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By Brian Logue
I’ve been proud to work for US Lacrosse for nearly 14 years and my connection to lacrosse goes back to the early 1990s when I was working at Washington and Lee University and got hooked on the sport. Despite early exposure to lacrosse, my son chose baseball over lacrosse as his main sport and has had a lot of fun and success playing it—just finishing his sophomore year of high school.
Since his T-ball days, he’s probably played close to 500 games and we’ve spent thousands of dollars on team dues, equipment, camps, tournament fees, hotels, gas and other expenses.
A couple of nights ago, I entered new territory. I signed my son up for a camp that highlighted the college coaches that will be a part of the staff and/or coming to the event. It’s the first time I’ve spent a single dollar that was targeted towards any dream or hope of him playing college baseball.
The reality is I’m not even sure he wants to play college baseball. He hasn’t even made up his mind of what type of school he’s interested in attending, much less what he wants to study or whether he’s ready to commit to trying to play at that level.
But it’s at least in the back of his mind that maybe he’s interested, and we decided that this camp made sense to at least take a look at the environment out there in case he does try to pursue this option.
I harbor no fantasy of baseball helping to pay his way for college, or even that it will help him get into a better school. My only interest is: Is this something that would enrich his college experience if he found the right fit?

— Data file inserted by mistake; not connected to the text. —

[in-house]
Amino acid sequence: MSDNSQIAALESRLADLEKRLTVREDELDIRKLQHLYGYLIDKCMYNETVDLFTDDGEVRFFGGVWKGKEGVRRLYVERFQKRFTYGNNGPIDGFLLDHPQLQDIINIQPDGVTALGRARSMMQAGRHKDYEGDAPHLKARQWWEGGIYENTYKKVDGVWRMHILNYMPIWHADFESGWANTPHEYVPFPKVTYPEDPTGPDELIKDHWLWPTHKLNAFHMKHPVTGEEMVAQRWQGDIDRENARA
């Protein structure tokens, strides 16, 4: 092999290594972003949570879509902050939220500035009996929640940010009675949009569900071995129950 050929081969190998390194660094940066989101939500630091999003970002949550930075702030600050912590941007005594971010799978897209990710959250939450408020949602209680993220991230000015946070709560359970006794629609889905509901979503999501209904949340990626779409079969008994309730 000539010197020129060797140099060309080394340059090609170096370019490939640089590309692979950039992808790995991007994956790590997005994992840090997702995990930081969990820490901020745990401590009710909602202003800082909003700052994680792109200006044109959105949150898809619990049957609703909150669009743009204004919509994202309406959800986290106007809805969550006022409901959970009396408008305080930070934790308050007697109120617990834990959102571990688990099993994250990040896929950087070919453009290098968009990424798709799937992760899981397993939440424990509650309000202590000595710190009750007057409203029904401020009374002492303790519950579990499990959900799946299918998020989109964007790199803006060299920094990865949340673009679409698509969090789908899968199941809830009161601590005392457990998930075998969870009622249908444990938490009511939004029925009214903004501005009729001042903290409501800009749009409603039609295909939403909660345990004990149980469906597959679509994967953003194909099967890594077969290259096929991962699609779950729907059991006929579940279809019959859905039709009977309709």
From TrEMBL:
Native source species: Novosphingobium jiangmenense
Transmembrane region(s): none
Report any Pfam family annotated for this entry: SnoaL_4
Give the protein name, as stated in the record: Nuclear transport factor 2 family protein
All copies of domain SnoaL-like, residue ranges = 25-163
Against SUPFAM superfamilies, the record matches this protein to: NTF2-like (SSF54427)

So, I’ve spent my first dollars towards the dream of college athletics, but I think I’ve done it with a clear head and a full understanding of what to expect and what not to expect. I’m not making an investment. I’m essentially standing at the roulette wheel and putting my money on green. It’s a long shot, but I’m not spending any money I can’t afford to lose. Maybe it will hit and he’ll get some reward out of it, but if not, I really haven’t really risked anything.
As we’re now in the midst of summer tournament season for lacrosse, I encourage lacrosse parents to think in that mindset. There is a ton of money being spent on travel teams and tournaments and it’s easy to get caught up in the frenzy. Do your best to avoid that frenzy and make informed decisions.
Less than 15 percent of all high school lacrosse players will play any level of college lacrosse (including club), and far fewer will receive any kind of financial assistance due to their athletic ability. It’s easy to hear the chatter on the sidelines about this kid getting this or that kid getting that. Don’t believe all of those conversations. Parents like to brag, and saying that your kid got a scholarship seems to be near the top of list for proud parents. I can’t tell you the number of times I’ve heard people tell me that someone got an athletic scholarship to play a sport at a NCAA Division III school. That simply isn’t true. NCAA Division III schools are not allowed to award aid based on athletic ability.
And even the very best players that receive athletic scholarships at the NCAA Division I and II levels are almost always only having a small portion of their college expenses covered. Unlike sports like football and basketball, where a scholarship covers the full cost of tuition, athletic scholarships in lacrosse and many others sports are split among large roster sizes.
US Lacrosse has a great resource in our Recruiting Guidebooks that help shed further light on the realities of trying to play lacrosse in college. I encourage you to read them and arm yourself with knowledge to make the best decisions for your family.
Brian Logue is the director of communications at US Lacrosse. Suggest blog topics for lacrosse parents in the comments section.
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